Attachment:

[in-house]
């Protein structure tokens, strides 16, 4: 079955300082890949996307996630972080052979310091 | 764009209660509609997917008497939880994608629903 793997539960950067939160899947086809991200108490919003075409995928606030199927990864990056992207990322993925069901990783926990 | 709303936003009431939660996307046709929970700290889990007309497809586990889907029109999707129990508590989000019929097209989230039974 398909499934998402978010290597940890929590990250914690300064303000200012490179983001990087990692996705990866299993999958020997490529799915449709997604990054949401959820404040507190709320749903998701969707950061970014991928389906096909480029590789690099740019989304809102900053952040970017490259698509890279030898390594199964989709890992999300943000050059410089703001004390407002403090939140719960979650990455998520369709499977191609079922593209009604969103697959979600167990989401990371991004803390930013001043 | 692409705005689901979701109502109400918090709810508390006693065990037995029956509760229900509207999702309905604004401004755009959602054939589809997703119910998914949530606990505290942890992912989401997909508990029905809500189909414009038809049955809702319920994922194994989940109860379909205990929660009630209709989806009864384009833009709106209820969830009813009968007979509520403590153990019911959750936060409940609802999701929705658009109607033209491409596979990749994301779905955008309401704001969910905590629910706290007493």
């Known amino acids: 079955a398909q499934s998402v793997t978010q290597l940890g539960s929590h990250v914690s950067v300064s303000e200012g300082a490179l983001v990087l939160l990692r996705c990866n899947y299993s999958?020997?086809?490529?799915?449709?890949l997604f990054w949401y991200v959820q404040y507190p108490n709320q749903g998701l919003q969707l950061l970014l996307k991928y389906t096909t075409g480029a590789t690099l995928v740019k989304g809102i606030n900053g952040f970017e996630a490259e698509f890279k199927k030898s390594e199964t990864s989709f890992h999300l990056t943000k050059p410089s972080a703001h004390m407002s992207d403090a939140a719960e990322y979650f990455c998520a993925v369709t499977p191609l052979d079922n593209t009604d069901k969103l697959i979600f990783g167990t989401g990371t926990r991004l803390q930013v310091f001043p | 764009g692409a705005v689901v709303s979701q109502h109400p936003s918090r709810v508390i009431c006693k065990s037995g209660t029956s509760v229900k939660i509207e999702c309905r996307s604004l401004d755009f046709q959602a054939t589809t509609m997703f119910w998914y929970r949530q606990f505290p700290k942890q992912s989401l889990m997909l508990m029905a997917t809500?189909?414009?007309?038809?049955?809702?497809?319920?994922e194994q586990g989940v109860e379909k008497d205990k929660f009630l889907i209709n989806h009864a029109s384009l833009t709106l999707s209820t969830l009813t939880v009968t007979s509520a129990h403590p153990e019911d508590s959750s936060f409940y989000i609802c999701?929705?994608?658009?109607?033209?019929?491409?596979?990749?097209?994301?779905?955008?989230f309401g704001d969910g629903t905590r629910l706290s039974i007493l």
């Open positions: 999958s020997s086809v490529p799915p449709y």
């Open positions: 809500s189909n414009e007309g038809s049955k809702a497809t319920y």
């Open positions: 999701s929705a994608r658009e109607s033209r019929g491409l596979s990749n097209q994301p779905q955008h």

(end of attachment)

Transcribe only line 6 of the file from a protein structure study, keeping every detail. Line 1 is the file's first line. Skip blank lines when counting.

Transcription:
């Open positions: 999701s929705a994608r658009e109607s033209r019929g491409l596979s990749n097209q994301p779905q955008h």